17 September 2007

Maui is the New Bermuda Triangle.

I’m thinking of a word. 8 Letters. Synonymous with “United Airlines.”


I was originally supposed to fly to Baltimore and move my stuff with my Dad and brother to my apartment in NY on Sunday morning. However, my flight was canceled in Maui, so I decided to fly directly to NY. It took a total of 42 hours between the time I arrived at the airport in Maui and the time I arrived at my new front door.

I’m thinking of a 6 letter word to describe my trip here.


The whole mess began when our flight to the mainland from Maui was canceled on Saturday afternoon. Now, I completely understand that travel plans get messed up from time to time. But to begin with, the flight cancellation was due to a United eff-up to begin with. This cancellation launched a domino effect of fuck-ups that resulted in United paying for the lodging of 300 passengers not one, but two nights in a row.

No one really ever gave us a reason for the cancellation, because they couldn;t decide on a good story. But when the pilot finally told us the truth the next day, he said that the initial problem was that someone overbooked our flight’s pilots according to the TSA’s flying time-off requirements and we didn’t have anyone that could legally fly us out of Hawaii to the mainland. Solution? Fly an entire Boeing 777 to a smaller airport on a different island. The airport we flew into:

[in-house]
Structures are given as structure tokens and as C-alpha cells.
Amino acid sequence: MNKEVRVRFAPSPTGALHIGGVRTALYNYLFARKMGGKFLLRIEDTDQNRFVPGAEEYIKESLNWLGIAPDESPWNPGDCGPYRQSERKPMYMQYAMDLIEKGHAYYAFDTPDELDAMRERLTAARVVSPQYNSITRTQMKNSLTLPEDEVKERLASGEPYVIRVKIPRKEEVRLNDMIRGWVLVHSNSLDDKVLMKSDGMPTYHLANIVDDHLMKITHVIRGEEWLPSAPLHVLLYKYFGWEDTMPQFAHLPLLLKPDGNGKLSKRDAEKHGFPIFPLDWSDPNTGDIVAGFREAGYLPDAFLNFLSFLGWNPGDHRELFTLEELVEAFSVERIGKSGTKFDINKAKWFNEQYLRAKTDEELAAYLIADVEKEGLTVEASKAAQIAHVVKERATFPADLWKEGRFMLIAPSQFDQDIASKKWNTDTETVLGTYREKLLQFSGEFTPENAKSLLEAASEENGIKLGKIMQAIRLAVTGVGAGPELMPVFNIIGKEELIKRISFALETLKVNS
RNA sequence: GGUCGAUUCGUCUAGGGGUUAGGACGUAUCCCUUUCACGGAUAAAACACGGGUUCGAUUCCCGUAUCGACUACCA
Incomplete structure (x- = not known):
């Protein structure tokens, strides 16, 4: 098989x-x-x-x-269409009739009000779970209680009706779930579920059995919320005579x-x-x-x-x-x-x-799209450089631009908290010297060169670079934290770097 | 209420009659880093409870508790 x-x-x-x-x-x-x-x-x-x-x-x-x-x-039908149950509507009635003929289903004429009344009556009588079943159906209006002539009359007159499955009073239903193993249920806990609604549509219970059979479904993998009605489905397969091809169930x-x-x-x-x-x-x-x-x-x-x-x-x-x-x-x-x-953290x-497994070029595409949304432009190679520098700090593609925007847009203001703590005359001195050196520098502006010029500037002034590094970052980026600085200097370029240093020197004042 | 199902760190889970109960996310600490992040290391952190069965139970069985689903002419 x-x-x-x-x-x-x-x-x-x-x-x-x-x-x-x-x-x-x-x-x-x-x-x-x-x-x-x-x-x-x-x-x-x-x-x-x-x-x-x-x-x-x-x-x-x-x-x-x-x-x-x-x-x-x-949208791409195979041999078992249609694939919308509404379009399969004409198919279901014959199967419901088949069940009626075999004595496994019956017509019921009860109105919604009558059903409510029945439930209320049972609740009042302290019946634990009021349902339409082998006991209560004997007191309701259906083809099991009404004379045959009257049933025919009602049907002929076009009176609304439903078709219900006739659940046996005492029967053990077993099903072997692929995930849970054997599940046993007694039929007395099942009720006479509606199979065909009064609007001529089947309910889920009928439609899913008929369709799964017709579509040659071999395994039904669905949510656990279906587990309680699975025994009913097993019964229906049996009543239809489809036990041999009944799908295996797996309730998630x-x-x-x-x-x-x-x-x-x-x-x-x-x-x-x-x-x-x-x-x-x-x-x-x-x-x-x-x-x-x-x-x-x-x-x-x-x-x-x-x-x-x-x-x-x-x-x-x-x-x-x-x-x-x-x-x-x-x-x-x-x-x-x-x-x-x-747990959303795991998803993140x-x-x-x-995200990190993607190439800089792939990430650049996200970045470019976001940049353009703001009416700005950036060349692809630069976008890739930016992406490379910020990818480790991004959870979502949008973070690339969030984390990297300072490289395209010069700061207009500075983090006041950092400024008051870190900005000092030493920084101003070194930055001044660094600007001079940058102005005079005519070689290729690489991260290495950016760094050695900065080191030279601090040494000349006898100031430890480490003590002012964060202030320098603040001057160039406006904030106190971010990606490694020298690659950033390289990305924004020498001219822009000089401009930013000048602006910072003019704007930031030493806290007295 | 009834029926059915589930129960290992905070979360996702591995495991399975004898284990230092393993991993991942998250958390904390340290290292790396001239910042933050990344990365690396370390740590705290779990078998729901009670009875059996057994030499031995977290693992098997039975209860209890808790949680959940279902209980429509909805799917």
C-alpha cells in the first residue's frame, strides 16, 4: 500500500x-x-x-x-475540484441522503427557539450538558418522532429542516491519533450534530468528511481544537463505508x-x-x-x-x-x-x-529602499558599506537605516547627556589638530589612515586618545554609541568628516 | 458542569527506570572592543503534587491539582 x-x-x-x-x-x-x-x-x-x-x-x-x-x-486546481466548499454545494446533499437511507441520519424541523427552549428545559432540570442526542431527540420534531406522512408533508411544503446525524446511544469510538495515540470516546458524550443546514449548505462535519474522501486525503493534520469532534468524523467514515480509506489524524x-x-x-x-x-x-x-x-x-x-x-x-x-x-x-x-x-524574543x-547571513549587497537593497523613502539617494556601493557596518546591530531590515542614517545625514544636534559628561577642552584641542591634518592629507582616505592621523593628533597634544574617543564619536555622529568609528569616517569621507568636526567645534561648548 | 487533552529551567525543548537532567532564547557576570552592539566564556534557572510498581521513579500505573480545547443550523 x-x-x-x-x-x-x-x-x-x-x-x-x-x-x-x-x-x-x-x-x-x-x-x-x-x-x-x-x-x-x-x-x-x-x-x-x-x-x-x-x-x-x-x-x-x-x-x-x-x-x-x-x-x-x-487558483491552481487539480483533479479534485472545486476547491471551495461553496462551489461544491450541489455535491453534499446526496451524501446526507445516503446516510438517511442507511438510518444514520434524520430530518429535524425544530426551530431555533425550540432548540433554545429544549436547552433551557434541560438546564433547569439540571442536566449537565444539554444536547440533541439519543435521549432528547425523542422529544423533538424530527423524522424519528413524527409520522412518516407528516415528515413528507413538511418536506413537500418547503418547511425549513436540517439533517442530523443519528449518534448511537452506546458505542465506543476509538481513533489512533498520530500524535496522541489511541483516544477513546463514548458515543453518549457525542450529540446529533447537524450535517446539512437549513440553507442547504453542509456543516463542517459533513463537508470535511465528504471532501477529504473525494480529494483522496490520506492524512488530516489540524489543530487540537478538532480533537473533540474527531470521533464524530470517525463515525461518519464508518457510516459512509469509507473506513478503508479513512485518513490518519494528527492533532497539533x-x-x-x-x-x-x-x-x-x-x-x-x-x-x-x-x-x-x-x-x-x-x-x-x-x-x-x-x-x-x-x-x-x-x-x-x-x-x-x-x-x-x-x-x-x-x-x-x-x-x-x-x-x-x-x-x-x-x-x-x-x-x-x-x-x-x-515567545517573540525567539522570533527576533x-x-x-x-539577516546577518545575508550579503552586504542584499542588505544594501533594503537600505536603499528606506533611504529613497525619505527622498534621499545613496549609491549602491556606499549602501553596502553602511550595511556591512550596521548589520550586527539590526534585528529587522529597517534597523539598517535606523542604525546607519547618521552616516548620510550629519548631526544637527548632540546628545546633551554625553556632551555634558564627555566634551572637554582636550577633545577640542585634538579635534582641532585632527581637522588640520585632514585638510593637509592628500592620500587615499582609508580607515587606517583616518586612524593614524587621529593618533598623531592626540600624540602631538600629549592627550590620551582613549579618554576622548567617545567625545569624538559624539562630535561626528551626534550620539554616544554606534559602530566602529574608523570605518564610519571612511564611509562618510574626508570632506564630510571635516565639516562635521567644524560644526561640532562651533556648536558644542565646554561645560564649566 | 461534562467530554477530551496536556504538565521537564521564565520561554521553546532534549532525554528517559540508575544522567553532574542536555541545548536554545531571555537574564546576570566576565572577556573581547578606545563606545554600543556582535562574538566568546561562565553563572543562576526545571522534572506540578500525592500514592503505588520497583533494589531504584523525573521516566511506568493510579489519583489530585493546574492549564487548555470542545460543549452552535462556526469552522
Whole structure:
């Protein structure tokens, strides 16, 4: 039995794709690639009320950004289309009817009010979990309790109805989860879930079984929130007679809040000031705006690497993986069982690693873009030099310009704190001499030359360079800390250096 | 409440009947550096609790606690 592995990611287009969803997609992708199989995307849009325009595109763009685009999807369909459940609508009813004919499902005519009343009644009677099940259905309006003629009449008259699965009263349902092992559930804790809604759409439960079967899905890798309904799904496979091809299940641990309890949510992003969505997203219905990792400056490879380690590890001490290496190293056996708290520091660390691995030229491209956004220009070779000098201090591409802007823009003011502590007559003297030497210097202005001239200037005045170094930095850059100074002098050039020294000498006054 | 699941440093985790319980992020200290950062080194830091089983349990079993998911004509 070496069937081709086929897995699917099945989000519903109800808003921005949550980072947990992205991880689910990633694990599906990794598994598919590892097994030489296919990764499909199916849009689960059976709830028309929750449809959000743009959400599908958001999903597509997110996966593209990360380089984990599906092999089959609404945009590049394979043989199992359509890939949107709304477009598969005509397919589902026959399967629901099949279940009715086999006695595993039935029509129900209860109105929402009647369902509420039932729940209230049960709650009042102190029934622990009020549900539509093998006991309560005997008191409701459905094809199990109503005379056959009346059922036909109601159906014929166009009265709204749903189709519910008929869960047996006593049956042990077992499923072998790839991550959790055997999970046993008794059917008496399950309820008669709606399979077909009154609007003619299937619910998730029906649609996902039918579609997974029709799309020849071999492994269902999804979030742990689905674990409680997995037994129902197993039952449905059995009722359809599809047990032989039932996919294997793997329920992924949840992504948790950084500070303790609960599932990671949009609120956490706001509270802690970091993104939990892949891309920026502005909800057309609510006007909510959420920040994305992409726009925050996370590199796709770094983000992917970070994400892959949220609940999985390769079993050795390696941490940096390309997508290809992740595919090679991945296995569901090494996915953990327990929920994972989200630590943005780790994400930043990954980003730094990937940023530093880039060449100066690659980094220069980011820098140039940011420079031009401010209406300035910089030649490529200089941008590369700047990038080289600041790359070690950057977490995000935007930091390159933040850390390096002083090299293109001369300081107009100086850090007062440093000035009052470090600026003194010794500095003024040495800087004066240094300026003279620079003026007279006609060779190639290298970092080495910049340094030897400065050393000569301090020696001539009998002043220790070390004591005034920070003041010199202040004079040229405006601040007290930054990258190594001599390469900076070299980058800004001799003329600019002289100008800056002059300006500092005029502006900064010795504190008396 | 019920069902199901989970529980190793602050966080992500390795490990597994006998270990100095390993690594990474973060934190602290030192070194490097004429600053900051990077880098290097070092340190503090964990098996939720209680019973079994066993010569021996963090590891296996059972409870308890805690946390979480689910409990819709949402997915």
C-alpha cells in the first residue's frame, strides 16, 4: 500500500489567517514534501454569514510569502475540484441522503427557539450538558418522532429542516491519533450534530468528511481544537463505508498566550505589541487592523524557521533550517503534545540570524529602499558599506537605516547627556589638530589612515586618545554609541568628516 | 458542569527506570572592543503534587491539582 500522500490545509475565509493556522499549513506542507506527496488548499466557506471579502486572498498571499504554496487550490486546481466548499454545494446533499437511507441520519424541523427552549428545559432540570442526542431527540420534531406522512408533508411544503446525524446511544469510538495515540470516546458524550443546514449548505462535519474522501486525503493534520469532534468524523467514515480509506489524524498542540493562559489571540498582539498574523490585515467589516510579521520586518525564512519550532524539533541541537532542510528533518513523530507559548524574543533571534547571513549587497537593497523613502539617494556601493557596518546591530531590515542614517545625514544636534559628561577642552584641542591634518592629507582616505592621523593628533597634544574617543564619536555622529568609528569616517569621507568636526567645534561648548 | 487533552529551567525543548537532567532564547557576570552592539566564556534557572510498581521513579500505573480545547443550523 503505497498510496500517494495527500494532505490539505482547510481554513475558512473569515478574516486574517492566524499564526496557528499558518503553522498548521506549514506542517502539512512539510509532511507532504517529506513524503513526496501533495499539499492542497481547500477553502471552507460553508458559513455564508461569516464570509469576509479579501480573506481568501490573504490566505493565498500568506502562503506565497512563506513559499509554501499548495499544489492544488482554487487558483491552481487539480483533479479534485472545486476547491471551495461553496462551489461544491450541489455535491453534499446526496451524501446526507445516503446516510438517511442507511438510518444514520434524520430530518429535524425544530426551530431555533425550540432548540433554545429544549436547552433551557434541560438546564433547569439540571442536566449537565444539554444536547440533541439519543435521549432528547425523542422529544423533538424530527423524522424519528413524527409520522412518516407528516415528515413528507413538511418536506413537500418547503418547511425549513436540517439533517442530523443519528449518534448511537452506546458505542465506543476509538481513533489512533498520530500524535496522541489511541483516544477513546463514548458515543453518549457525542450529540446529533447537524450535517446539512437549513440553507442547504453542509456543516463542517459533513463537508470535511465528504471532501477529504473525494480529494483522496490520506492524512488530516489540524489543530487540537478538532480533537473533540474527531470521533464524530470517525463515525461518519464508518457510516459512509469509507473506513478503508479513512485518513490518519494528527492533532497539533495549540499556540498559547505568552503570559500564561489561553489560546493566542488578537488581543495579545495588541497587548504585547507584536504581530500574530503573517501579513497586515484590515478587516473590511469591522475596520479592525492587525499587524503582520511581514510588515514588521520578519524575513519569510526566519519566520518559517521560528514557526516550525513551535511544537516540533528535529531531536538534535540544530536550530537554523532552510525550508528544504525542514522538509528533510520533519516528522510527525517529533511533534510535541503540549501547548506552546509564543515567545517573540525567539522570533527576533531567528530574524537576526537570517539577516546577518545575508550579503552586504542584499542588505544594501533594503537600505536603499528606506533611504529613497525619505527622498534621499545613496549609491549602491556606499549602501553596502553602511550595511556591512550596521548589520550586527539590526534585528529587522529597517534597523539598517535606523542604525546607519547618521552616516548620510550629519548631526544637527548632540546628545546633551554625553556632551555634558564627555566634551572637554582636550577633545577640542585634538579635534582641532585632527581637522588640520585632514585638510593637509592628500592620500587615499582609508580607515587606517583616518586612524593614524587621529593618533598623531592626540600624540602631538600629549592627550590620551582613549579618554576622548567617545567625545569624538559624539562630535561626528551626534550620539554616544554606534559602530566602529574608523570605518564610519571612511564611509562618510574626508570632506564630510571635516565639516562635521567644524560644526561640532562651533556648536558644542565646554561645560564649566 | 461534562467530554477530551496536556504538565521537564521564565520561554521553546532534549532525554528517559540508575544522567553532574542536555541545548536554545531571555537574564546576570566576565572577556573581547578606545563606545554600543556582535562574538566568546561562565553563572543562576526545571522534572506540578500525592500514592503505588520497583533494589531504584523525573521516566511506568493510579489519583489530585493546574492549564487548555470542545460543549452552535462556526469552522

1. Was a 10-minute flight away.
  2. Had a total of 5 gates.
  3. Is not enclosed in any way.
  4. Looks like a Pizza Hut parking lot.

When we arrived (after nearly skidding off the runway) we were told to get our bags and go to the airport curb and someone would provide instructions. What happened when we got to the curb was someone in a Tommy Bahama shirt checked our name off a list and then just left us all standing—IN THE RAIN—with no idea what was going on. FOR AN HOUR. Luckily, my newlywed friends, Robbie and Jessica were stranded with me. As we stood huddled in a massive group, I told Robbie that I couldn’t live under this United Airlines dictatorship and that we needed to organize a coup. He replied that although it would be nice to stage an uprising, there was no one there to rise up against. The United people just disappeared. They had no idea what was going on either or how to handle a group of 300 stranded passengers. So they just left us there.

Finally a bus showed up and everyone stormed it. Half of us got on that bus, which was headed to an unknown hotel. A few minutes later another bus showed up and took the other half of the plane to another hotel. After awhile of just sitting in the parking lot, a flustered United agent got on the bus and said that she had meal vouchers for everyone but that:

1. The meal voucher was only good for $10 towards the hotel restaurant’s $40 buffet and

2. Her printer was broken so we would have to sit and wait on the bus for the printer to get fixed.

We all yelled to fuck the vouchers and just get us to the hotel.

Since the hotel buffet was out of the question, Robbie, Jess and I walked to town and got Nachos and beer at a dive restaurant called “Lulu’s.” At Lulu’s you can write whatever you want on a $1 bill and staple it to the restaurant walls/tables/fixtures. We opted for this: